Chinese finance Jordan’s first oil shale power plant

Friday 02/10/2015
A rig site engineer handling the drilling pipe.

Amman - Jordan secured $1.7 billion in Chinese loans to build the country’s first shale oil-fuelled power plant to ease the burden power consump­tion places on the Jordan’s squeezed economy, according to a partner in the project.
The Chinese loans came after Jordan had tried to work with un­specified regional and international governments and lending firms, Mohammad Maaitah, project part­ner of Attarat Power Company (APCO), said.
The secured loan came against the backdrop of environmentalists’ warning that shale dust could cause pulmonary diseases in humans.
Jordan, a country barren of natu­ral resources and heavily depend­ent on donations and remittances by Jordanian expatriates to keep its fragile economy afloat, imports 97% of its energy needs.
Jordan’s energy bill recently hit unprecedented levels due to the influx of refugees fleeing Syria’s civil war and a suspension, due to pipeline sabotage, of gas deliveries from Egypt, which forced Jordan to switch to petroleum to generate electricity. Other reasons included an increase in demand and rising oil prices in 2011-13.
Subsequently, Jordan’s budget deficit reached a record $30 billion, undermining government efforts to ease foreign debt and post accepta­ble growth rates. Amman tightened spending and rationed electricity on highways outside main cities to avoid cuts to households.
The government also embraced alternative energy, setting up solar plants and windmills, and mapped out plans to introduce energy from nuclear plants within a few years. The state offered tax and customs incentives to citizens who replace fuel-driven vehicles with electric models.
One of Jordan’s main projects is to utilise oil shale combustion in its first shale oil-fuelled power plant.
Maaitah said negotiations were tough, as many international and regional financing entities did not show interest in financing the oil shale project. “But finally, we se­cured the financing from Chinese banks and we’ll go ahead with our project,” he said.
He said APCO signed a memo­randum of understanding with the Bank of China and the Industrial and Commercial Bank of China for the $1.7 billion loan to finance the oil shale power plant.
The signing followed a Septem­ber tour of China by Jordan’s King Abdullah II, who invited Chinese business leaders and politicians to invest in his country.
The oil shale loan is guaranteed by the China Export and Credit Corporation, Maaitah noted. He said the deadline to secure financ­ing for the 470-megawatt plant was October 1st. The project is likely to create 3,000 direct jobs during the construction phase and 700 jobs for ongoing operations, he said.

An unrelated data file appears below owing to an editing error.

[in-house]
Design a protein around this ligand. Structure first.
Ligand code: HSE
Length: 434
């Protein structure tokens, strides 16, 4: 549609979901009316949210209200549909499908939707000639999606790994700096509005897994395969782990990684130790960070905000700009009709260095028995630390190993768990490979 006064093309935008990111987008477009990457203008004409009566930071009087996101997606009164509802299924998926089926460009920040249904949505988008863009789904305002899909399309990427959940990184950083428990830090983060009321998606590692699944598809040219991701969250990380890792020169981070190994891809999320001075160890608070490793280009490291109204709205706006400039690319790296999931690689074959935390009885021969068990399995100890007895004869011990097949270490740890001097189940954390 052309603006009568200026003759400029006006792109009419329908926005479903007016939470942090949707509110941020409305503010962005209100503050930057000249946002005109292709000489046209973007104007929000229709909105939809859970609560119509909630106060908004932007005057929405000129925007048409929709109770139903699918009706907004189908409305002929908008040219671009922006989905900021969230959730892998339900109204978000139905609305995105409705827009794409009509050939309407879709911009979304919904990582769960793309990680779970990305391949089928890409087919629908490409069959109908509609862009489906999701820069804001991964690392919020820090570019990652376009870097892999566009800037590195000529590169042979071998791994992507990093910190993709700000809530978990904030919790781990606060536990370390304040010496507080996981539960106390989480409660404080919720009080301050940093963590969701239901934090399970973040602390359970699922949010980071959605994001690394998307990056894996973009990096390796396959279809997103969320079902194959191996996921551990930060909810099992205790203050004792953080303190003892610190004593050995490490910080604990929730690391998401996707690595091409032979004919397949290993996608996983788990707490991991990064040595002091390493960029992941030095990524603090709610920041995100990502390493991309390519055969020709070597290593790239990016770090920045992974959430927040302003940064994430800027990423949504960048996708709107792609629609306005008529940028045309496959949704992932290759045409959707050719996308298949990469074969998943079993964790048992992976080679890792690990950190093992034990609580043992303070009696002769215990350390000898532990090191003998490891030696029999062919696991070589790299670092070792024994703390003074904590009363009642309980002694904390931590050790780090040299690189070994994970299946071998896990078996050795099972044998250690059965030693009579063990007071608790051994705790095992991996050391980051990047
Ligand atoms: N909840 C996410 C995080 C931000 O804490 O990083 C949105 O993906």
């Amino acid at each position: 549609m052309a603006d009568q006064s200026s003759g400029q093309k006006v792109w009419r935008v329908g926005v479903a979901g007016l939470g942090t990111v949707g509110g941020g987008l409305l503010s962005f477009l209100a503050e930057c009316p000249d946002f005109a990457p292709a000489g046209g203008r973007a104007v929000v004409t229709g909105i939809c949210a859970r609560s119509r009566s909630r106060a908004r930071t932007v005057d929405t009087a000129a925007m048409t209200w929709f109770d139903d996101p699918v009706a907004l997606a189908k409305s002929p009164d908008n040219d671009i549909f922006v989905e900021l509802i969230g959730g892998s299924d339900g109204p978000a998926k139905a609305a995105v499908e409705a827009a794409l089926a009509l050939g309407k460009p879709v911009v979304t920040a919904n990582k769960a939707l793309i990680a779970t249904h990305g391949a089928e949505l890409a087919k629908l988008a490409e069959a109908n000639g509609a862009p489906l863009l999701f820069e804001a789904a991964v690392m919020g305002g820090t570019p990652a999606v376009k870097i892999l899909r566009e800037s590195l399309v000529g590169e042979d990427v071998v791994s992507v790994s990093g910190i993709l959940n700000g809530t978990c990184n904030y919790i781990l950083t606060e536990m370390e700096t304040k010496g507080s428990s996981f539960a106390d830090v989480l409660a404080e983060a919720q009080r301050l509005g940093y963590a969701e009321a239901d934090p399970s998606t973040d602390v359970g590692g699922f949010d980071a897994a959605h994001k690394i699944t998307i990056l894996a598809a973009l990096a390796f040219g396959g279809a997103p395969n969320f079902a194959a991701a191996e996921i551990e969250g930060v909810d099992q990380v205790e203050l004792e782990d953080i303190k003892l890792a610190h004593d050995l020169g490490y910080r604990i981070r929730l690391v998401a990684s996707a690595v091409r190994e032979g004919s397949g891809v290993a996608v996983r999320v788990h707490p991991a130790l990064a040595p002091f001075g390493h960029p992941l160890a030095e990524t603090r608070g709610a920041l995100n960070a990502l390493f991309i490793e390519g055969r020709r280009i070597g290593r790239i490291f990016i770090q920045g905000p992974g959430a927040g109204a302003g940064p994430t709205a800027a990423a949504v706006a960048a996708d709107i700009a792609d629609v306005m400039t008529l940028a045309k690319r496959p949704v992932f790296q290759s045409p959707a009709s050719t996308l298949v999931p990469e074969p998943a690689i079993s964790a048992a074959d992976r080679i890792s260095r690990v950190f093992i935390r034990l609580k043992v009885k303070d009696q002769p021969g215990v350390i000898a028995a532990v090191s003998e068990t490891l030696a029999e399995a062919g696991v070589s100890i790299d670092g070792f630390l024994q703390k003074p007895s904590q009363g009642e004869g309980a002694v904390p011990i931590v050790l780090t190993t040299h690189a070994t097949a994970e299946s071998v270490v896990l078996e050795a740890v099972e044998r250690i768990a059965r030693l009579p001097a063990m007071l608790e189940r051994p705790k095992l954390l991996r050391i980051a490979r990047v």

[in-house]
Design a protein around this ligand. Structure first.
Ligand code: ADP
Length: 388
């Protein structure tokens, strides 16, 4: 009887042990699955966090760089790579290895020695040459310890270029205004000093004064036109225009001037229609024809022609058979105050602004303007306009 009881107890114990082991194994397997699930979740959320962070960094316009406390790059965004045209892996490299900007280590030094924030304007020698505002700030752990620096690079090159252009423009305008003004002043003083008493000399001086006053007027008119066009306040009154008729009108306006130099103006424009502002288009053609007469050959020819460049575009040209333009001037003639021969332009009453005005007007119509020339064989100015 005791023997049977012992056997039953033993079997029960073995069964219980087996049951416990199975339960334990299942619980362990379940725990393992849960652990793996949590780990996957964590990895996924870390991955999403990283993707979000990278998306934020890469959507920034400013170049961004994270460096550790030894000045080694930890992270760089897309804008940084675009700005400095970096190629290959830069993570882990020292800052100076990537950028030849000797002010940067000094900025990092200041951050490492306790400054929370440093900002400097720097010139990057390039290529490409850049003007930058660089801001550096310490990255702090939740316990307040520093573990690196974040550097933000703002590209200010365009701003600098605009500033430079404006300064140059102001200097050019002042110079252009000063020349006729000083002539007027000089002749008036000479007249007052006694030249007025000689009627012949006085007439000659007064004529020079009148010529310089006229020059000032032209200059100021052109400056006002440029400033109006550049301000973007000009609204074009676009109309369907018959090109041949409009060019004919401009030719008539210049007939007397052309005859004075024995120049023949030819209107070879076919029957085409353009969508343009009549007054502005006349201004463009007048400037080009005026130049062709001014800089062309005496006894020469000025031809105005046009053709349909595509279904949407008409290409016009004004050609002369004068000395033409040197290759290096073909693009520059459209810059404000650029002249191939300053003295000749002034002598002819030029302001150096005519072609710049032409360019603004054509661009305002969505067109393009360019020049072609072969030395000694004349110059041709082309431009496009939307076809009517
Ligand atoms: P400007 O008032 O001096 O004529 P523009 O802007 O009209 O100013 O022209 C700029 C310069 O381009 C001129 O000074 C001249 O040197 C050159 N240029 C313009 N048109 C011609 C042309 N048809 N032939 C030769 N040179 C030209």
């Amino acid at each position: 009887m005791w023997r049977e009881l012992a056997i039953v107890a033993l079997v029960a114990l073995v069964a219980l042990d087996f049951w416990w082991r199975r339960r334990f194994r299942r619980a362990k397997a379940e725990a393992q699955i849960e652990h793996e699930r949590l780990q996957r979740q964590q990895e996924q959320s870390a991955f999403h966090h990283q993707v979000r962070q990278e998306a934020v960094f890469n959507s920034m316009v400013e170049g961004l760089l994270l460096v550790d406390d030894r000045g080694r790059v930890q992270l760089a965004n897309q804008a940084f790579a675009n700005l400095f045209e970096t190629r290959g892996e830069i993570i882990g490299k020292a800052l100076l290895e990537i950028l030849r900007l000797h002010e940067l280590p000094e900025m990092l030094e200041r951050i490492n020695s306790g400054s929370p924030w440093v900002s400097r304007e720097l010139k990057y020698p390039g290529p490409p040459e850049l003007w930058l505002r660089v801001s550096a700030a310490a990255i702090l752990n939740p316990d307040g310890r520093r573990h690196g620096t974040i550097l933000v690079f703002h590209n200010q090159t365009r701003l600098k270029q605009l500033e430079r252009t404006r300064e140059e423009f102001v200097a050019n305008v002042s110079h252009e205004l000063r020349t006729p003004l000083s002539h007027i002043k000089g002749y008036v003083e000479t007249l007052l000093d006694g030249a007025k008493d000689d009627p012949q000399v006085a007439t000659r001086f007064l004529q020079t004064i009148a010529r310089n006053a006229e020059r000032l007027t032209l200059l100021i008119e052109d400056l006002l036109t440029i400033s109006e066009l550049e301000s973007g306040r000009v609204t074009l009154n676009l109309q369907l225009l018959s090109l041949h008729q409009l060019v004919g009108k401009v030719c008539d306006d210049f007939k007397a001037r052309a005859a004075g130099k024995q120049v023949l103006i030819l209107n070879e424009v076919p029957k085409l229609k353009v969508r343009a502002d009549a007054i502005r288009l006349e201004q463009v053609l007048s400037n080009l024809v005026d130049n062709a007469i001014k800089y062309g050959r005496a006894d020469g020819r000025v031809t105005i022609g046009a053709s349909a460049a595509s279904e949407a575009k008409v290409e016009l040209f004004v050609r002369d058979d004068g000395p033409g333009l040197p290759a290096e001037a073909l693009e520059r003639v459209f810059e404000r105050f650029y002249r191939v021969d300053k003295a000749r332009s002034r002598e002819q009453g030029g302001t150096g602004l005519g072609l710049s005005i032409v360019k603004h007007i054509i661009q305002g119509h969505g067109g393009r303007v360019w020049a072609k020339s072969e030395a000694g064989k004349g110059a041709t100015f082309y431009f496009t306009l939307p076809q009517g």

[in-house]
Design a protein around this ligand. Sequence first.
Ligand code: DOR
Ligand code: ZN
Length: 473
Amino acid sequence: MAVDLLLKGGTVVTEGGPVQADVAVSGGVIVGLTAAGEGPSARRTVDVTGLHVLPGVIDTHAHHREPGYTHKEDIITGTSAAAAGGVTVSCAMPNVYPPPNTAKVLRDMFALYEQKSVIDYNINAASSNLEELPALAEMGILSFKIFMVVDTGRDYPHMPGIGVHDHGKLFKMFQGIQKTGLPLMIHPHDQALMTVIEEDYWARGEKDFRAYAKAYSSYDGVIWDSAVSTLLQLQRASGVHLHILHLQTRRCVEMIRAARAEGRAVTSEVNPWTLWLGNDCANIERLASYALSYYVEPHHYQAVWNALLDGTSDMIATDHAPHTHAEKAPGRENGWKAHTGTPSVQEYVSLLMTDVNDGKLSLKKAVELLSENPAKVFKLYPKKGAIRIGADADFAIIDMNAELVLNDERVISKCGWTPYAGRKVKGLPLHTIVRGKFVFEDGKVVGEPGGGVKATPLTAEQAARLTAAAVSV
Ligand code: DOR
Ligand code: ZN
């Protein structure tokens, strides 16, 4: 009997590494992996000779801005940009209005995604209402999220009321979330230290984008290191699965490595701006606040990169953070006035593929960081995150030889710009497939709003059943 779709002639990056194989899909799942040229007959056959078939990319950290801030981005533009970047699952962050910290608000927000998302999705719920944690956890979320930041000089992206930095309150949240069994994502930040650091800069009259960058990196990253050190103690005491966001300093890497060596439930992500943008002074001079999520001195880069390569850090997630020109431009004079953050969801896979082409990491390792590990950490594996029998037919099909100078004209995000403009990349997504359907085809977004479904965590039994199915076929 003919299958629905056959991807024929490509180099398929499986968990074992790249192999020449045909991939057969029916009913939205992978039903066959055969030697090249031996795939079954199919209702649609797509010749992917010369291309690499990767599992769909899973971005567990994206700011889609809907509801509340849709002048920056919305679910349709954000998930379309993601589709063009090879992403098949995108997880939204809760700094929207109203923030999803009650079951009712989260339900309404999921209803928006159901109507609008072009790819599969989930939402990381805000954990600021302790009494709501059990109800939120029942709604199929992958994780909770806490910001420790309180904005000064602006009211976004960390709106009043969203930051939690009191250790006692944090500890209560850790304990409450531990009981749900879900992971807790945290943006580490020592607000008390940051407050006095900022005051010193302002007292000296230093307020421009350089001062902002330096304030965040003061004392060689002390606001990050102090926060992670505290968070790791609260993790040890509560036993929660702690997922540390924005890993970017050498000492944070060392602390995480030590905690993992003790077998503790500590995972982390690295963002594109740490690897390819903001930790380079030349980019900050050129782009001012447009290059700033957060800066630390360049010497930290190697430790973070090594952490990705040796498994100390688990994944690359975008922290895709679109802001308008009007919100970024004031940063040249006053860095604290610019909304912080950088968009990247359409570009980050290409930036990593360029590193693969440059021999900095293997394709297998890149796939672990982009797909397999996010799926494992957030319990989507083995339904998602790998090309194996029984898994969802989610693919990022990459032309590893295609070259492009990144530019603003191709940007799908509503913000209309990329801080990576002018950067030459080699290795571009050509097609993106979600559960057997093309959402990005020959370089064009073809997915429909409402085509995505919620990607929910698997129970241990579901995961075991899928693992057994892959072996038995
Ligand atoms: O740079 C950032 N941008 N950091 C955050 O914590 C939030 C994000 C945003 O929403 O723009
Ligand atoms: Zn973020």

According to a 2014 agreement with the Jordanian government, the APCO plant should be operational in the second half of 2018 and is ex­pected to slash the country’s energy bill by $500 million annually as the electricity it will produce will be bought at half the current price.
“The other partners in the project are expected to secure the rest of the money needed for the $2.2 bil­lion plant in about a month’s time,” Maaitah said. “If we do not start construction on the project in early 2016, we will not be able to com­plete the plant on time.”
The facility is expected to uti­lise Jordan’s reserves of oil shale. According to the World Energy Council, Jordan has the fifth larg­est oil shale resource in the world, estimated at 40 billion-70 billion tonnes. Geological surveys indicate that the existing deposits underlie more than 60-70% of the kingdom’s territory in 26 known localities.
Humans have used oil shale as a fuel since prehistoric times because it generally burns without any pro­cessing.
An official at Jordan’s Ministry of Environment, however, warned that processing oil shale must be monitored carefully to avoid seri­ous health risks.
“In general, Jordanian oil shales are of high quality but we need to be extra careful and study all factors in building and utilising the power plant, and mining the oil shale in order to keep the project safe,” the official said.
He insisted on anonymity, saying he was not allowed to make state­ments to the media.
The official insisted that experi­ence gained in Estonia suggests that workers should be monitored for evidence of pulmonary diseases, especially since the incidence of respiratory diseases in other indus­tries, such as phosphate mining, indicates that shale dust and ash could be hazardous.
“The plant will produce gase­ous, liquid and solid pollutants that must be disposed of appropriately,” the environmentalist said. “Pol­lutants arise when the raw shale is converted to useful products, by-products or waste by different pro­cessing units.”
Many environmental concerns exist, from fine dust, carbon diox­ide, hydrocarbon and sulphur ox­ides going into the air during the production process, he warned.
Therefore, he said, the general public living near the oil shale pro­cessing plant may be affected by se­rious health risks including respira­tory disabilities.